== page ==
I was at the gym a couple days ago, and rather than stare at the digital readout that was mocking me on the stationary bike, I switched on the TV and tuned to one of the ESPN channels. I think the show was called “NBA Coast to Coast.”
The resident laureates were debating who, exactly, composes the Warriors’ Big Three. Steph Curry and Kevin Durant, of course; they own NBA most valuable player trophies. But who puts the “Three” in “Big Three”? Is it Klay Thompson or Draymond Green? The earnest ESPNers went so far as to discuss “If you had to get rid of one of these guys…”
It wasn’t the first time I had heard talk of a Warriors’ Big Three this season. The phrase has crept into Bay Area newspaper headlines and game stories. And it’s bizarre.
Don’t get me wrong, it’s kind of fun to debate the identity of Golden State’s third-best player. Is it Thompson, considered by some the best two-way guard in the NBA, a guy who can lock down the opposition’s point guard at one end and, potentially, score 60 points in 29 minutes at the other? Or is it Green, the Warriors’ emotional turbine, a triple-double machine who can guard any position on the court?
But here’s a better question: Why a Big Three? Why always a damn Big Three?
Coming up after the break: Who are the Big Three of the U.S. Supreme Court? Naming the Big Three Everly Brothers. And which crayons make the Crayola Super-Pack Big Three; does burnt umber have a shot?
I blame the Celtics of 2007-08 to 2011-12. That team, an NBA champion in 2008 and the East representative two years later, was ruled by the Big Three of Kevin Garnett, Paul Pierce and Ray Allen. People loved the nickname, maybe because of its association with the Big Three automakers and the Big Three networks, a couple of other 21st Century anachronisms.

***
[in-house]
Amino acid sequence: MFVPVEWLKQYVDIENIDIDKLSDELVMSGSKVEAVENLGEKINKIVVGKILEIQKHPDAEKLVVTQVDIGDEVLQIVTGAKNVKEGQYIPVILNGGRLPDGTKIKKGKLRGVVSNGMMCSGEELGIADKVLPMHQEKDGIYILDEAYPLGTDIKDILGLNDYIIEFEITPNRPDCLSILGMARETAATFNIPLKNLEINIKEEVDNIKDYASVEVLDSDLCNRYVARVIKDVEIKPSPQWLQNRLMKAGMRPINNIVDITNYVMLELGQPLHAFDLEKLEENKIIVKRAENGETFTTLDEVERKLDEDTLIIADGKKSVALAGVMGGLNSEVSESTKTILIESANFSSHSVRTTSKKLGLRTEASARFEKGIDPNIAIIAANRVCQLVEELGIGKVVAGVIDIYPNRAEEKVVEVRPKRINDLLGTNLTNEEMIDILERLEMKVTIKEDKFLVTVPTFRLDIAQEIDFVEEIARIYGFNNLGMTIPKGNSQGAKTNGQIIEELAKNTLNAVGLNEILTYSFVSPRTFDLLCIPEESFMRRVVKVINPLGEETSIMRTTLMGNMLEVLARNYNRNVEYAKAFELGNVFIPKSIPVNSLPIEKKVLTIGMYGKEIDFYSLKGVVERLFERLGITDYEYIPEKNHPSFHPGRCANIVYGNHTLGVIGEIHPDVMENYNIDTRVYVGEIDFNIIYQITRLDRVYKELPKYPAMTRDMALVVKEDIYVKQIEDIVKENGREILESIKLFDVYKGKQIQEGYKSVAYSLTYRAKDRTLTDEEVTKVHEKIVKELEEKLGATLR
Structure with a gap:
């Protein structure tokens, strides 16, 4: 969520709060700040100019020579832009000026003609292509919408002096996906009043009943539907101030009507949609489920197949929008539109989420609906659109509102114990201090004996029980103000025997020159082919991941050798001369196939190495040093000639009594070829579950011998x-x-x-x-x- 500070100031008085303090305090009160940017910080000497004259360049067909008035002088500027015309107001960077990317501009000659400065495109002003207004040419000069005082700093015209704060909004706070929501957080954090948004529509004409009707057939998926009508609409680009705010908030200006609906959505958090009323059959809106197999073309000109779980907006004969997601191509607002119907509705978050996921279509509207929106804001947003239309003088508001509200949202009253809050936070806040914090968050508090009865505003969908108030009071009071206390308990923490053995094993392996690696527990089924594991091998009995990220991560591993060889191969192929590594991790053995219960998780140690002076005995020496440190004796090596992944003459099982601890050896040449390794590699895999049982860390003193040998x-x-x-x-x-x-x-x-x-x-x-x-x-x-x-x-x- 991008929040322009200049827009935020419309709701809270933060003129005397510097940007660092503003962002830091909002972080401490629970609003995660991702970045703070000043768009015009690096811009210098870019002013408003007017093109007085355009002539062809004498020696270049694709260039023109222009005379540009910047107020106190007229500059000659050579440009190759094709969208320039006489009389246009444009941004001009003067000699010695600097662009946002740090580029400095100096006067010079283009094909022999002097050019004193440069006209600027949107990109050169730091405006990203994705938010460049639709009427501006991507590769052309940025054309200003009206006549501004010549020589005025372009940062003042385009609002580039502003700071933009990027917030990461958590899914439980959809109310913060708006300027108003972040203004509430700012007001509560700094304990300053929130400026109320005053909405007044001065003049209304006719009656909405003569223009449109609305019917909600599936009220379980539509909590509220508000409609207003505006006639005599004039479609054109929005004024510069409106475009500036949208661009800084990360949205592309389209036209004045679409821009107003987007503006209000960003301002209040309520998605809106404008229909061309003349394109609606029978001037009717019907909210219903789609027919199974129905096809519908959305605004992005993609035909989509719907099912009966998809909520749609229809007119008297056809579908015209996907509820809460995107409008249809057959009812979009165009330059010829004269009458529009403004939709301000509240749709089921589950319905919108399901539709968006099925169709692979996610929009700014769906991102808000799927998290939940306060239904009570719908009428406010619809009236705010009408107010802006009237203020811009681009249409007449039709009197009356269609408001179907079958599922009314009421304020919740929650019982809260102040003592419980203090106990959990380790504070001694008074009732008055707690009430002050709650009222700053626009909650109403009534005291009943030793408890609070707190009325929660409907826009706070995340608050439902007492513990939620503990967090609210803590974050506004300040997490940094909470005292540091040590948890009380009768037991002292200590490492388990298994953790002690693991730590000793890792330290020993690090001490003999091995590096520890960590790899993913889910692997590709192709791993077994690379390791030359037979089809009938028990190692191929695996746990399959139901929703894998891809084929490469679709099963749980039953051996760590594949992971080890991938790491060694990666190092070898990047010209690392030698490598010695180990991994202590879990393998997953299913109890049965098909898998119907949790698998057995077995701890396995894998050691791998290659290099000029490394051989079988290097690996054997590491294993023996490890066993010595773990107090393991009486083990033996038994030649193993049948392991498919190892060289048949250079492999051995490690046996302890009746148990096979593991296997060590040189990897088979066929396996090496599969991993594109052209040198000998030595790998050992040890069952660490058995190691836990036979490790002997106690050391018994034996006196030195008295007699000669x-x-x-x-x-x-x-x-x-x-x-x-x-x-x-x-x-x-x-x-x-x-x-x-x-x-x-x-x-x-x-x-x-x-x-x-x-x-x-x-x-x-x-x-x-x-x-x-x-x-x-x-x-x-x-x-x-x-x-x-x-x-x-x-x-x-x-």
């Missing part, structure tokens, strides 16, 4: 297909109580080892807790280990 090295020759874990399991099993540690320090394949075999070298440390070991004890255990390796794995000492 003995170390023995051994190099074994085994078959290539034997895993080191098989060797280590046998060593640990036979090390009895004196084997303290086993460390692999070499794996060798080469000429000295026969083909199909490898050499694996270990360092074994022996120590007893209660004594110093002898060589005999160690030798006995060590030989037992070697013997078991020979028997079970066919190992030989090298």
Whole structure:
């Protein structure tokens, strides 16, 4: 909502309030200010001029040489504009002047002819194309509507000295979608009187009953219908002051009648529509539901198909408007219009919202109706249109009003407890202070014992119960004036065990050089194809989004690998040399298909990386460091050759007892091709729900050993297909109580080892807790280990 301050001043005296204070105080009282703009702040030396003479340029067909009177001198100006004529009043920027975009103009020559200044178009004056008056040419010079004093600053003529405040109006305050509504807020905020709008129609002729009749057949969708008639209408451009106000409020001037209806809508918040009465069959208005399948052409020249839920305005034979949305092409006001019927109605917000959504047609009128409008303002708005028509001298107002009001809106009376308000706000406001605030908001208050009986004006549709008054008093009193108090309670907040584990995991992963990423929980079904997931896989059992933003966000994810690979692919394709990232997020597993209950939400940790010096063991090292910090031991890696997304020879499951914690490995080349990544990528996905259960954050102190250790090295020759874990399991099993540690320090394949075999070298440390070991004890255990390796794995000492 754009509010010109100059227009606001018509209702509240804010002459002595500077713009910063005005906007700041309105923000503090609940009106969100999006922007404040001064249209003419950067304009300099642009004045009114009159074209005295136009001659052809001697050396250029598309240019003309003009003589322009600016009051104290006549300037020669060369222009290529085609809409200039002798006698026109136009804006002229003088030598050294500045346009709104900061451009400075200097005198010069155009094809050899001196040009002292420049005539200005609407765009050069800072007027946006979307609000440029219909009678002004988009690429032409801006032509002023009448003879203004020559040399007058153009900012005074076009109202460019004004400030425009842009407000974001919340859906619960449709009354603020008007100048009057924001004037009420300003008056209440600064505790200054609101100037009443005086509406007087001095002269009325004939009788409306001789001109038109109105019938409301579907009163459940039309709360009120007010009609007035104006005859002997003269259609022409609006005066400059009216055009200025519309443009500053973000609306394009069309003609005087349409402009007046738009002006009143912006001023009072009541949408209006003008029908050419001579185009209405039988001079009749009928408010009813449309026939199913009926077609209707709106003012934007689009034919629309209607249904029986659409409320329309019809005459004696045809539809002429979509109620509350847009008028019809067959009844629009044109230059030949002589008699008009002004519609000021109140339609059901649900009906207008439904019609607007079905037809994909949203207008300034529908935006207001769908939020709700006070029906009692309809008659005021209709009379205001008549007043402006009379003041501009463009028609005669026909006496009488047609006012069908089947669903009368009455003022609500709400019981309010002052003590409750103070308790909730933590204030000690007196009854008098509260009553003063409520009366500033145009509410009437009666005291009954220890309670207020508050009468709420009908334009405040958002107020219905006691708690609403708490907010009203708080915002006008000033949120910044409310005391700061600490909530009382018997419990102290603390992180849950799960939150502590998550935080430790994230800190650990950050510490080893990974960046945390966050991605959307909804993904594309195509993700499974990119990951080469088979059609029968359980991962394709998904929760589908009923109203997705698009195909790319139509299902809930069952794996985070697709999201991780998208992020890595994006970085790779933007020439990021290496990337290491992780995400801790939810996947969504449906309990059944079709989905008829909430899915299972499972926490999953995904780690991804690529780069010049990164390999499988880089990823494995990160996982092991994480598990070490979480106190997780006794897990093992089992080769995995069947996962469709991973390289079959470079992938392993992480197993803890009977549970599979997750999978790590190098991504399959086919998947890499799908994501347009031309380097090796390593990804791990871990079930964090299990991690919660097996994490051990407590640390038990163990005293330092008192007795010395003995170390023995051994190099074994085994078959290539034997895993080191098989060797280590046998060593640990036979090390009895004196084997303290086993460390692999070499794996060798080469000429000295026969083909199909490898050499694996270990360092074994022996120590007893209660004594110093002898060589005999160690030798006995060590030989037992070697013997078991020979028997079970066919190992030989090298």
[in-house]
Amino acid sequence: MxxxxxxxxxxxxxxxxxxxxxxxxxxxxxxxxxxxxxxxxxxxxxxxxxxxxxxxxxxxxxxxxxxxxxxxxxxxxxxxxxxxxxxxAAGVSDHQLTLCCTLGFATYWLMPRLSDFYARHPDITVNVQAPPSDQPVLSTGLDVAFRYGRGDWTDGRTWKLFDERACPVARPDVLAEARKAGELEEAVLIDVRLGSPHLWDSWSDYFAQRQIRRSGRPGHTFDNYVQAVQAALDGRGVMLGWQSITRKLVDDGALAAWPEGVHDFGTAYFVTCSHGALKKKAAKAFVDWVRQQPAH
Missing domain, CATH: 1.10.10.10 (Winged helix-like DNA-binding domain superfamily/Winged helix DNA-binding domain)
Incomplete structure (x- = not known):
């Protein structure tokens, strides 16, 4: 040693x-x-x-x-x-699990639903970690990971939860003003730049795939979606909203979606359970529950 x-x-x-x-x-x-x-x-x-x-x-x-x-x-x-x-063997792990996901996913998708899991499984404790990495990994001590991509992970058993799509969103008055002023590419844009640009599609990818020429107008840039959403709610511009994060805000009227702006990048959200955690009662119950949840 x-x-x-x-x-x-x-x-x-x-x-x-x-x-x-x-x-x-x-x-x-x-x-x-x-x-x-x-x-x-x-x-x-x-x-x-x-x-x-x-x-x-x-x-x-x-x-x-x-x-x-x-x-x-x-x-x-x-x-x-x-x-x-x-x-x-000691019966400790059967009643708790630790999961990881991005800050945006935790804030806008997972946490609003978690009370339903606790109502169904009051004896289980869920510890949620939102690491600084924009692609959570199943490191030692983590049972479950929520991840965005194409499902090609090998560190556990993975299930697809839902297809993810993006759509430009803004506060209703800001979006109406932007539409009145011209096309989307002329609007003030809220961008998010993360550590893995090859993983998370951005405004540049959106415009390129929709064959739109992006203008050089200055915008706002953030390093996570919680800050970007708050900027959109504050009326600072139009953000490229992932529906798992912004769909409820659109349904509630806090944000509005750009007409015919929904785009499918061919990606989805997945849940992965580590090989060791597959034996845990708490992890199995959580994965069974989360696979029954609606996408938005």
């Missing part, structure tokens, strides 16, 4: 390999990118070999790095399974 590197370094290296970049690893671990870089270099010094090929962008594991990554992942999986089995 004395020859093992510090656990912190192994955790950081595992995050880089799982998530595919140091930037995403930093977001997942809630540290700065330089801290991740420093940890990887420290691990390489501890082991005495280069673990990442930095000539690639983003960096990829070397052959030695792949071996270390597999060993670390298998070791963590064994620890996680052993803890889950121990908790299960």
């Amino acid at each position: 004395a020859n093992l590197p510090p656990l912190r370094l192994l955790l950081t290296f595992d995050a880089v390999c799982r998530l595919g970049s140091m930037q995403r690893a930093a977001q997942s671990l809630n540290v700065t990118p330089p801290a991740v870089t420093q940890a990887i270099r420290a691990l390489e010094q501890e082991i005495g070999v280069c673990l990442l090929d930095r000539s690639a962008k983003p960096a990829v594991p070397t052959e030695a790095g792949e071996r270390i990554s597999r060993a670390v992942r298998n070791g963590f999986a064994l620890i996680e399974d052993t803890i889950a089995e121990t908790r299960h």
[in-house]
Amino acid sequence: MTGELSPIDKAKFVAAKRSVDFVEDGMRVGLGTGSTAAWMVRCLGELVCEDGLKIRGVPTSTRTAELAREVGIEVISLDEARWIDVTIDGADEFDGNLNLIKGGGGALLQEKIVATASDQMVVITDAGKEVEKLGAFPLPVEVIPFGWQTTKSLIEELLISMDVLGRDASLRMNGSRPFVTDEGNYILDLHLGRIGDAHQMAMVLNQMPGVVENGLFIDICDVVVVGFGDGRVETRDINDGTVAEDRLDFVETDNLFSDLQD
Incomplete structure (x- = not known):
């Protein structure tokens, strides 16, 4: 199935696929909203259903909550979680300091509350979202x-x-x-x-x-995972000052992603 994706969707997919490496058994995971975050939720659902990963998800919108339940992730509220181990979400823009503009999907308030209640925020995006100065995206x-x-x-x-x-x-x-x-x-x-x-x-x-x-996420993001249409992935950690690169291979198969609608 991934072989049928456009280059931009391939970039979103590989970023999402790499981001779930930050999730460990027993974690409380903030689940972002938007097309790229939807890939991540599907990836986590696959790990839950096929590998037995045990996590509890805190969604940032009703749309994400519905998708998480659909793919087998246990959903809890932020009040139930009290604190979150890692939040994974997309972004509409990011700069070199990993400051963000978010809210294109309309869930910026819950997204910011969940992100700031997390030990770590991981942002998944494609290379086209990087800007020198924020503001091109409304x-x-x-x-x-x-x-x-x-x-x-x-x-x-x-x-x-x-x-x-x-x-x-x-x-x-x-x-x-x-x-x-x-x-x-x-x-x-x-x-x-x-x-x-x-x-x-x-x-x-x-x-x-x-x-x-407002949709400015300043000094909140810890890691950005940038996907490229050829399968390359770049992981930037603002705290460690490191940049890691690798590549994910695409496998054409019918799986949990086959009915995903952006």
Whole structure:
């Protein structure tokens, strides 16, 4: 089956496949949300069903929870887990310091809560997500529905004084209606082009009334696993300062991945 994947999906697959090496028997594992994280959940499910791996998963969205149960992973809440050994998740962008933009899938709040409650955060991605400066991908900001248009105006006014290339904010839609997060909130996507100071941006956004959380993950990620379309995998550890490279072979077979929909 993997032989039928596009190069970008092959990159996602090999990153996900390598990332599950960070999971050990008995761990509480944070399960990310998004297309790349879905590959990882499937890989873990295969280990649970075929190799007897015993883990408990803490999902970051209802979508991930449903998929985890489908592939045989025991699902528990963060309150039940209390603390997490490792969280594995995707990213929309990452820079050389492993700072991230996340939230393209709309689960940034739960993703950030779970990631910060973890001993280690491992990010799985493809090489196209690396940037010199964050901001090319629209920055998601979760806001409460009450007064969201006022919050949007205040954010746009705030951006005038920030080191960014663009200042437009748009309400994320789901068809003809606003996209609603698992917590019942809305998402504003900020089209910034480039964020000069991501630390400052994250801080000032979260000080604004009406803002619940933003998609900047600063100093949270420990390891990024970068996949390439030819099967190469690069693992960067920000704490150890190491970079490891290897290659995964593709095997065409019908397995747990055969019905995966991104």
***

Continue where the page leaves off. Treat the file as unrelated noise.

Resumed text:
The nickname was so durable in Boston that we continued to use it even in the trio’s final year together, by which time Rajon Rondo was clearly Allen’s equal in the backcourt.
Did people call the Celtics’ Larry Bird, Kevin McHale and Robert Parish the Big Three in the 1980s? How about the Bulls’ Michael Jordan, Scottie Pippen and Dennis Rodman in the 1990s? Was “Big Three” ever an alternate name for the Warriors’ “Run-TMC”? I don’t know, but the phrase didn’t seem like an earworm until Garnett-Pierce-Allen came together in Boston.
And then it wouldn’t go away. As those Celts were winding down, a new Big Three emerged in Miami. The Heat version always struck me as forced. You had LeBron James, one of the greatest basketball players of all time; Dwyane Wade, a true superstar; and Chris Bosh, who was, shall we say, a good player. A legitimate All-Star, someone you’d love to have on your team. But a “Big Whatever”? Chris Bosh? I don’t know, man.
And now in Oakland we have four square pegs being hammered into three round holes. Why? No idea. Let’s hire a linguist to figure out the appeal of “Big Three,” maybe the guy I heard on a podcast explaining how Donald Trump never would have been elected if his name were Donald Twimp. We love our catchy names, even when they make no sense. Even when we’re watching a revolutionary basketball team with four undeniable stars.